Research Papers:

Gene modules associated with breast cancer distant metastasis-free survival in the PAM50 molecular subtypes

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Oncotarget. 2016; 7:21686-21698. https://doi.org/10.18632/oncotarget.7774

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Rong Liu, Wei Zhang, Zhao-Qian Liu and Hong-Hao Zhou _


Rong Liu1,2, Wei Zhang1,2, Zhao-Qian Liu1,2, Hong-Hao Zhou1,2

1Department of Clinical Pharmacology, Xiangya Hospital, Central South University, Changsha 410008, P. R. China

2Institute of Clinical Pharmacology, Central South University; Hunan Key Laboratory of Pharmacogenetics, Changsha 410008, P. R. China

Correspondence to:

Hong-Hao Zhou, email: [email protected]

Wei Zhang, email: [email protected]

Keywords: breast cancer, distant metastasis-free survival, gene expression profiling, PAM50 subtype

Received: August 27, 2015    Accepted: January 29, 2016    Published: February 27, 2016


To identify PAM50 subtype–specific associations between distant metastasis-free survival (DMFS) in breast cancer (BC) patients and gene modules describing potentially targetable oncogenic pathways, a comprehensive analysis evaluating the prognostic efficacy of published gene signatures in 2027 BC patients from 13 studies was conducted. We calculated 21 gene modules and computed hazard ratios (HRs) for DMFS for one-unit increases in module score, with and without adjustment for clinical characteristics. By comparing gene expression to survival outcomes, we derived four subtype-specific prognostic signatures for BC. Univariate and multivariate analyses showed that in the luminal A subgroup, E2F3, PTEN and GGI gene module scores were associated with clinical outcome. In the luminal B tumors, RAS was associated with DMFS and in the basal-like tumors, ER was associated with DMFS. Our defined gene modules predicted high-risk patients in multivariate analyses for the basal-like (HR: 2.19, p=2.5×10−4), luminal A (HR: 3.03, p=7.2×10−5), luminal B (HR: 3.00, p=2.4×10−10) and HER2+ (HR: 5.49, p=9.7×10−10) subgroups. We found that different modules are associated with DMFS in different BC subtypes. The results of this study could help to identify new therapeutic strategies for specific molecular subgroups of BC, and could enhance efforts to improve patient-specific therapy options.


Breast cancer (BC) is a biologically and clinically heterogeneous disease with diverse morphologies, molecular features, and clinical behaviors. Clinicopathologic characteristics such as clinical TNM stage at diagnosis, histologic grade, lymph node involvement and estrogen receptor (ER) and human epidermal growth factor receptor 2 (HER2) statuses have been associated with BC prognosis. Gene expression studies have shown that different molecular BC subtypes exhibit different characteristics and prognoses [1, 2]. Tumor subtypes based on the PAM50 classifier have distinct prognoses, and respond differently to systemic therapy [35]. Further, expression signatures for genes such as Gene70 [6], Gene76 [7], Grade Index (GGI) [8] and OncotypeDx [9] have been studied to help identify low-risk patients who are unlikely to benefit from systemic adjuvant therapy, while still correctly identifying high-risk patients [611].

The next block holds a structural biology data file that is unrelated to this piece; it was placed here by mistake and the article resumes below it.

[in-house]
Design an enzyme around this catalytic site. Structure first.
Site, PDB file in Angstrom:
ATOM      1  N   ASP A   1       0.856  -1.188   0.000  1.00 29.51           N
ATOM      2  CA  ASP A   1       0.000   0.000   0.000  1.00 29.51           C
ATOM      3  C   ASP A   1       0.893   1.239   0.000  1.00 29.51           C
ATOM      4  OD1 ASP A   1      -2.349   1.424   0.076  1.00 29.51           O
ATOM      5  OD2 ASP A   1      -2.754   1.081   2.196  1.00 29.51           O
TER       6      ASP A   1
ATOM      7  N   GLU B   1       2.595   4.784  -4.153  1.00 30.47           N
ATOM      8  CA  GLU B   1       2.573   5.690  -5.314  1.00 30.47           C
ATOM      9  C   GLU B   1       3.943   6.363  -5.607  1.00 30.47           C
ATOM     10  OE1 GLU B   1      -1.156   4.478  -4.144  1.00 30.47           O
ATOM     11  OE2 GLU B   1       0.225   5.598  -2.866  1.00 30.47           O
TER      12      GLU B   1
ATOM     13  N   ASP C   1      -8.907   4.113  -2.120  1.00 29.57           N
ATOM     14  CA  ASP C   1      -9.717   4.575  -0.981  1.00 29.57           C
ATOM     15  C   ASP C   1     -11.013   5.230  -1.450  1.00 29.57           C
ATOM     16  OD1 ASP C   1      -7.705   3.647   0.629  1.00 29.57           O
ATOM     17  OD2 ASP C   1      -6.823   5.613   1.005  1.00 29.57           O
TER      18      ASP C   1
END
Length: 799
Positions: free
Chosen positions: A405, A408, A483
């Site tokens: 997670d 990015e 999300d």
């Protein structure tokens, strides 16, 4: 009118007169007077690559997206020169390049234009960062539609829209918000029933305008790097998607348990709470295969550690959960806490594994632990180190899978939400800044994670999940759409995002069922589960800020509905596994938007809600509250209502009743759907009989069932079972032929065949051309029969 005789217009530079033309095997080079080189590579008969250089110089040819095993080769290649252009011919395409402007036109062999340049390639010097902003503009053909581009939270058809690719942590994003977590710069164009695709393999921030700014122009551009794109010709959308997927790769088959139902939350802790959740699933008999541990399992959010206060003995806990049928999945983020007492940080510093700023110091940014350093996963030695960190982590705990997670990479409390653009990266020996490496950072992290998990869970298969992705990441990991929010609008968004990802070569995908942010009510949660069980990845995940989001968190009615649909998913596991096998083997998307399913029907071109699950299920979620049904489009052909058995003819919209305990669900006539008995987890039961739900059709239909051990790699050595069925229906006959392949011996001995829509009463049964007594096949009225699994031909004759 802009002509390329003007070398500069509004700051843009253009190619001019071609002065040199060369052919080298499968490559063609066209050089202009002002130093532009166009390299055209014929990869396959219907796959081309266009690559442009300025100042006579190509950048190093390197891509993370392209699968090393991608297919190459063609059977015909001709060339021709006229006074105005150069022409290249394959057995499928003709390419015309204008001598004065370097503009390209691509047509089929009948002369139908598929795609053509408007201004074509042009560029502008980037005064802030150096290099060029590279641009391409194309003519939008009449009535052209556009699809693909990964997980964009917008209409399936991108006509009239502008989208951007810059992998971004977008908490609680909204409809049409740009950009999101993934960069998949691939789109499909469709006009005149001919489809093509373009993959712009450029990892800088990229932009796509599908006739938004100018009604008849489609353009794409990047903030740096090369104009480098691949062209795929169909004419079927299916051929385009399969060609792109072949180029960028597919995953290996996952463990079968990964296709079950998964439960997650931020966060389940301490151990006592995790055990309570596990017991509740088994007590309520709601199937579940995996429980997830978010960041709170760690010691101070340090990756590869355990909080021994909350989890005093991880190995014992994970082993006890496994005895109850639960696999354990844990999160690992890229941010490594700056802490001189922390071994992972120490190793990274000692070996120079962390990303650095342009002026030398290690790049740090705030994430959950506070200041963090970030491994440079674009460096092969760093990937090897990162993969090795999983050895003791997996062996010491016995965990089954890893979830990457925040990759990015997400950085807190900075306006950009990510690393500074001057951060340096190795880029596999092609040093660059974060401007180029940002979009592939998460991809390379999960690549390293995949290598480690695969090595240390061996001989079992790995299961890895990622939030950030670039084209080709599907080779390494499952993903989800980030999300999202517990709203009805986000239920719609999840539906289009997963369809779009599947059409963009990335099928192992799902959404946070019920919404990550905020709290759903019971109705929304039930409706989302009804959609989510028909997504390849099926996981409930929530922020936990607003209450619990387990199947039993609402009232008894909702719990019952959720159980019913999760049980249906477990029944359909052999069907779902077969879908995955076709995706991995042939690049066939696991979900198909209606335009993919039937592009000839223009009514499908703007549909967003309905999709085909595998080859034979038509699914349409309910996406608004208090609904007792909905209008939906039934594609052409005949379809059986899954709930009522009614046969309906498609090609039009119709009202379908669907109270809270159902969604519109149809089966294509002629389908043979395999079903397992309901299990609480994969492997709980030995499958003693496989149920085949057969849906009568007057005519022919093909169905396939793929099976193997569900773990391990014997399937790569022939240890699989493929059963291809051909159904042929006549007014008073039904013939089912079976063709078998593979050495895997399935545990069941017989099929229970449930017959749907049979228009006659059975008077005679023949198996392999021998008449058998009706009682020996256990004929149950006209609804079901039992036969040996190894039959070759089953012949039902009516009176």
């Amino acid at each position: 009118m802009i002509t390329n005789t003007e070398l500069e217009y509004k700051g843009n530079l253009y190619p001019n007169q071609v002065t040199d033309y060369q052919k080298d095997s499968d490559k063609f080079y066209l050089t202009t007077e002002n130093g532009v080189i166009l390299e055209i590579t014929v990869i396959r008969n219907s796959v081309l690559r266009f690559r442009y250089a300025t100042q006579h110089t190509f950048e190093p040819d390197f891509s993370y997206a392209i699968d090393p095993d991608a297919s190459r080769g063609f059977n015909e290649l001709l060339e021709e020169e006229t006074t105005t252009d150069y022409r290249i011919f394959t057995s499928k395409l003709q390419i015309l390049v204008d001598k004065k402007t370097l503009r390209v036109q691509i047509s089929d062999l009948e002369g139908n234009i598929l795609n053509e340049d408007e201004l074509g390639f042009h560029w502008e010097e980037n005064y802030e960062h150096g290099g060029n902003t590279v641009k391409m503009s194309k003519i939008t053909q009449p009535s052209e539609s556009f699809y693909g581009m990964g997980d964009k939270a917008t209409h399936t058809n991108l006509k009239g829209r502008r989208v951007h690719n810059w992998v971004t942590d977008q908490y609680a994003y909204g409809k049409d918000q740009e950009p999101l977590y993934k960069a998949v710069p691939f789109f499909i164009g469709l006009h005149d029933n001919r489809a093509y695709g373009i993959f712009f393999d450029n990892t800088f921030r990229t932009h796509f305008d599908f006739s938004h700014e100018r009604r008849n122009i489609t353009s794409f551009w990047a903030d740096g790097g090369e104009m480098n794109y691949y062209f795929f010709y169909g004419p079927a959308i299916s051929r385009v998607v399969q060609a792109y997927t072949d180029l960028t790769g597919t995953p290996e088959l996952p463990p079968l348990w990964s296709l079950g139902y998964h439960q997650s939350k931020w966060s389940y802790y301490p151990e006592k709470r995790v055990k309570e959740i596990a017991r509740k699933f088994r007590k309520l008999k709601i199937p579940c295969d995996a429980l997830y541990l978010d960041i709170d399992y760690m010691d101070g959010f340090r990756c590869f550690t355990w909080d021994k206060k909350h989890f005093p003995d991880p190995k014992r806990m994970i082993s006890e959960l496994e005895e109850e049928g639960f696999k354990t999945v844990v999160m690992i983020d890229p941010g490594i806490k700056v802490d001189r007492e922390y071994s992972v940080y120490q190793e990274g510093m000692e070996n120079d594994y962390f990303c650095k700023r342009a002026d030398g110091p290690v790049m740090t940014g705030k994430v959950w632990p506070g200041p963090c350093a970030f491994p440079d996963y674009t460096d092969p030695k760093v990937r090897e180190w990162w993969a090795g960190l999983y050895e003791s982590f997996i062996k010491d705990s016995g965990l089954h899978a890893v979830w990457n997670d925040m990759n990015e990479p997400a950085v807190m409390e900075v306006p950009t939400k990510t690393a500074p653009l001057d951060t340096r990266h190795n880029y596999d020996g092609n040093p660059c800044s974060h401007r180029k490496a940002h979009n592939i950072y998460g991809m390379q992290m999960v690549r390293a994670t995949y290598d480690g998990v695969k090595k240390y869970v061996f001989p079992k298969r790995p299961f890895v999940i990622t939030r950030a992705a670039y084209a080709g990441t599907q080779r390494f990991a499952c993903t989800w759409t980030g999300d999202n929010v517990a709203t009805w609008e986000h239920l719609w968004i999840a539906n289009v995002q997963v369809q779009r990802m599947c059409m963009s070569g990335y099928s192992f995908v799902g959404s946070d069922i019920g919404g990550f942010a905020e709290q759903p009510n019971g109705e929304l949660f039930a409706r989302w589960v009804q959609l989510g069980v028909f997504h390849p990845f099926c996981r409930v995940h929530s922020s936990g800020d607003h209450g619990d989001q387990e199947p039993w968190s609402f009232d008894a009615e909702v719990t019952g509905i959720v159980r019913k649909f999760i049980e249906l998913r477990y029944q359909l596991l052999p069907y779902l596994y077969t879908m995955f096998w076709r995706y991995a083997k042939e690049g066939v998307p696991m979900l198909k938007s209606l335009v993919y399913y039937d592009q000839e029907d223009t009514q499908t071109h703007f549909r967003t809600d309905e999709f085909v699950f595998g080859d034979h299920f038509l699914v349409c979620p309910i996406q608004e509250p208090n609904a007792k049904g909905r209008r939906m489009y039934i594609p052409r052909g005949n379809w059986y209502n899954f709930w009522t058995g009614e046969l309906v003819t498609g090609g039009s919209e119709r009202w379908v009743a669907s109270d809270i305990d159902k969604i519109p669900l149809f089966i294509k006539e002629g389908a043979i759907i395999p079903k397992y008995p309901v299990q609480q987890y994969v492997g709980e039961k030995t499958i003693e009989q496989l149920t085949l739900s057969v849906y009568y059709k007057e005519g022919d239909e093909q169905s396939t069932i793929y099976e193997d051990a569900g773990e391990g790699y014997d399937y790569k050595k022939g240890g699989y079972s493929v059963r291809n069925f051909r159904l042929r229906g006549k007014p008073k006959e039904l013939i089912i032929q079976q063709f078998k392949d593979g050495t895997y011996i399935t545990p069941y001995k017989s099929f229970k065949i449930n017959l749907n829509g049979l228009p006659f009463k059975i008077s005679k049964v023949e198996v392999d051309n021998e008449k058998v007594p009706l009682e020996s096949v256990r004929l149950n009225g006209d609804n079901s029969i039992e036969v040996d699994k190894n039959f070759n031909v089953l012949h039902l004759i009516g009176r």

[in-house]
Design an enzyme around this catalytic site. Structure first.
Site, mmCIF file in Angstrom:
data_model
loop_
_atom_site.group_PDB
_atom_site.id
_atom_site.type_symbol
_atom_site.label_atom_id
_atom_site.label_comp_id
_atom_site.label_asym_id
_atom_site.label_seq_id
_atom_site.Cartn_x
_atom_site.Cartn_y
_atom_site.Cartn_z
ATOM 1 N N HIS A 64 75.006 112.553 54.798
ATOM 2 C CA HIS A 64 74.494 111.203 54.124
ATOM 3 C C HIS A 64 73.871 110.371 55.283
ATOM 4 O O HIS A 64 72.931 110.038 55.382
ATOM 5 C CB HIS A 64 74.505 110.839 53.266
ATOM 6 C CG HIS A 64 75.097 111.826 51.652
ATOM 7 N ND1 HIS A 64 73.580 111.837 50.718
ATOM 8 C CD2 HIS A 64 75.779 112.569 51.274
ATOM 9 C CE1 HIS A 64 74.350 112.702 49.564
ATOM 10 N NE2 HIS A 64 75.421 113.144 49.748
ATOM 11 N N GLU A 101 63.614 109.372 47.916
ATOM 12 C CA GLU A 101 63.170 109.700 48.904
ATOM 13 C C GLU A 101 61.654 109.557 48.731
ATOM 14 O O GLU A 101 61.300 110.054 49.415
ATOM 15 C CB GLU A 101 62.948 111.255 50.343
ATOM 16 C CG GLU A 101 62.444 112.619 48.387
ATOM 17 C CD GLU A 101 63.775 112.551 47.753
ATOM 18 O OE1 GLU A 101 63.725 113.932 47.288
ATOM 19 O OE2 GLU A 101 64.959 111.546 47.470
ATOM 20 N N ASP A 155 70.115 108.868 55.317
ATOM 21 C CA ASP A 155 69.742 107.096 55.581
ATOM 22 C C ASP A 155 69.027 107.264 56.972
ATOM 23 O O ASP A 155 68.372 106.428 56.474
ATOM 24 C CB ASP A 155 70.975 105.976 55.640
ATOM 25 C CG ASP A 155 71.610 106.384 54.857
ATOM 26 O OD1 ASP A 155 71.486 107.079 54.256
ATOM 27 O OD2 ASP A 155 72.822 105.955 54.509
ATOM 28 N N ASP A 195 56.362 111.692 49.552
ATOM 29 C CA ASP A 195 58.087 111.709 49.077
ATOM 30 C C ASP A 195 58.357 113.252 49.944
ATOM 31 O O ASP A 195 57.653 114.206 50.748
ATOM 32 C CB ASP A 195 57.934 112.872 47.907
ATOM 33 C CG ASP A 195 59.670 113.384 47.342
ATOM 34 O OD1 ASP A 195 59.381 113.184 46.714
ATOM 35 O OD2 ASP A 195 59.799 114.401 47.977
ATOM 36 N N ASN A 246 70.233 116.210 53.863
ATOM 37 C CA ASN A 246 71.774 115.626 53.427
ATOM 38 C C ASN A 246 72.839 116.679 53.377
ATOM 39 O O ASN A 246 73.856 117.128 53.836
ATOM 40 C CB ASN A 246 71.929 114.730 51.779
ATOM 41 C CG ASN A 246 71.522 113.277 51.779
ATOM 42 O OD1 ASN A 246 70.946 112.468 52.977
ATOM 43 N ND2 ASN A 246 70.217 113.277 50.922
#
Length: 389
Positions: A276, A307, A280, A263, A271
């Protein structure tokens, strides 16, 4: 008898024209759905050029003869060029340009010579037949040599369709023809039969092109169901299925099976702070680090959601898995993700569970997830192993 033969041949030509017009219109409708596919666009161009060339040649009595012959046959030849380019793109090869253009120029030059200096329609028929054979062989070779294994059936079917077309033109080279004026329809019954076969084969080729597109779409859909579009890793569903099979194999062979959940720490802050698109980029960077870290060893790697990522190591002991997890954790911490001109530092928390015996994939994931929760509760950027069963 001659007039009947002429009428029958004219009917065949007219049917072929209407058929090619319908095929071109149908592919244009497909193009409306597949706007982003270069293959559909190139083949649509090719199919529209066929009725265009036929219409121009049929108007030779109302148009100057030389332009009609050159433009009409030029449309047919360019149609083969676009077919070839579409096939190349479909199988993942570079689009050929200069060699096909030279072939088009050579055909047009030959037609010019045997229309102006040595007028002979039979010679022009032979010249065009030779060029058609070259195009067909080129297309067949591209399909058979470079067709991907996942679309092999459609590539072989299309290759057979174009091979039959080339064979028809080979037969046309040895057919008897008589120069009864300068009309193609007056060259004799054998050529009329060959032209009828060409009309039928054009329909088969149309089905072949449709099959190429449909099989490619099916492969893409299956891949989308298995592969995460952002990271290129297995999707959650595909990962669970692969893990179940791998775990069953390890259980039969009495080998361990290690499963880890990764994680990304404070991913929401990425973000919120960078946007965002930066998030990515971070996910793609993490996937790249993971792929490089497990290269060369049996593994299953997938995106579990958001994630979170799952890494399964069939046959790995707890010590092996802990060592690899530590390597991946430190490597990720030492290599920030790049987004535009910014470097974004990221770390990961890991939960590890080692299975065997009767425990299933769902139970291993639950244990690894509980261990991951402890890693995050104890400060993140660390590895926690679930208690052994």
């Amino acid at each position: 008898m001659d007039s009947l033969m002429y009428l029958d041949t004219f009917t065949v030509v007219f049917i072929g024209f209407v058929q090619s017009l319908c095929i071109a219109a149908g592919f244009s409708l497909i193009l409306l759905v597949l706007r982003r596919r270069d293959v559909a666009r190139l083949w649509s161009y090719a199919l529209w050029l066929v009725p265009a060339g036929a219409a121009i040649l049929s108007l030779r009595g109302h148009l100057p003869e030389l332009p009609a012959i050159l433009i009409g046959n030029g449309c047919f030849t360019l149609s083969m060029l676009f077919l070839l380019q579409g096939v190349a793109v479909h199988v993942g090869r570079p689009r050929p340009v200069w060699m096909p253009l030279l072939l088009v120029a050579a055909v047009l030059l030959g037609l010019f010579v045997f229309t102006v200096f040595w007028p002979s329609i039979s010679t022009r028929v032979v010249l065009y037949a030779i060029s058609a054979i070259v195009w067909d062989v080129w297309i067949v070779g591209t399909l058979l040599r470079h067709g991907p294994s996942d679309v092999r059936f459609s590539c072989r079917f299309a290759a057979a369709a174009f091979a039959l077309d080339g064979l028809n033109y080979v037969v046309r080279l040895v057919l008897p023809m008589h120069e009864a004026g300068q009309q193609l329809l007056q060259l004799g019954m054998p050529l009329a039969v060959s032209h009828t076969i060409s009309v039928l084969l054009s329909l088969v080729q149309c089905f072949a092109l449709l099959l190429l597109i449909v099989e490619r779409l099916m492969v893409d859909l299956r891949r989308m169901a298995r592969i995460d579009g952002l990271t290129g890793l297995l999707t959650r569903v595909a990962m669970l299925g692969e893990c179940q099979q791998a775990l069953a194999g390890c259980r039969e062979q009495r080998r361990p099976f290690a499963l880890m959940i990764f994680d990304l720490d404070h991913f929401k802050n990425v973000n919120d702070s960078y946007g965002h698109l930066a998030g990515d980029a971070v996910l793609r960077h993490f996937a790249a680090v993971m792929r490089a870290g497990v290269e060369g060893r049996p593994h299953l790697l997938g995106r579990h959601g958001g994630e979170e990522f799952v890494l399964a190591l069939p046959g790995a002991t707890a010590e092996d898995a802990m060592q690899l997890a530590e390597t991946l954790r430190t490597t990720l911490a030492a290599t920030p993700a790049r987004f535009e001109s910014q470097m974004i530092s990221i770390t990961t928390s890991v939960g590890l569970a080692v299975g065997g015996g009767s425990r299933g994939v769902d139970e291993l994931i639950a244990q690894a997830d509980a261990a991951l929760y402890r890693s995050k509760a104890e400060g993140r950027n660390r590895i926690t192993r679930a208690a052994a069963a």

Several gene signatures have been identified to describe oncogenes such as RAS, E2F3, SRC, MYC and β-catenin [12], as well as activation of insulin-like growth factor 1 (IGF1) [13], and the AKT/mammalian target of rapamycin (mTOR) [14] and mitogen-activated protein kinase (MAPK) [15] pathways. Other signatures have identified PIK3CA mutations [16], and deficiencies in PTEN [17]. Chemotherapy sensitivity in different BC subtypes is altered based on activation of different oncogenic pathways [18], and Desmedt, et al. reported that BC survival depended on ER and HER2 status [4]. However, it is still unknown whether patients within different PAM50 subtypes have different DMFS based on activation of different biological process and oncogenic pathways.

To identify robust, PAM50 subtype–specific associations between DMFS and gene modules describing biologically relevant, potentially targetable oncogenic pathways and prognosis signatures, a comprehensive systematic analysis evaluating the prognostic efficacy of 21 published gene signatures in 2027 BC patients from 13 studies [16, 1930] was conducted. In this pooled in-silico study, we also investigated whether modules were associated with DMFS beyond clinical characteristics in each molecular subtype. Furthermore, we wanted to confirm previous findings from small sample studies on the association between DMFS and specific pathways, such as AKT-MTOR and RAS [31], and extend our analysis to PAM50 subtypes. This study expands on the analysis conducted by Desmedt, et al. [4] in four ways. First, ten more oncogenic pathways were evaluated in our study. Second, only datasets generated using the Affymetrix U133 plus 2.0 or U133A platforms were utilized in our study, while the datasets used in Desmedt, et al. [4] were gathered from different platforms, possibly resulting in heterogeneity [32]. The final distinction is that we not only explored the associations between gene modules and BC patient survival within each PAM50 subtype, but we also identified four subtype-specific prognosis modules that could predict high-risk of distant metastasis.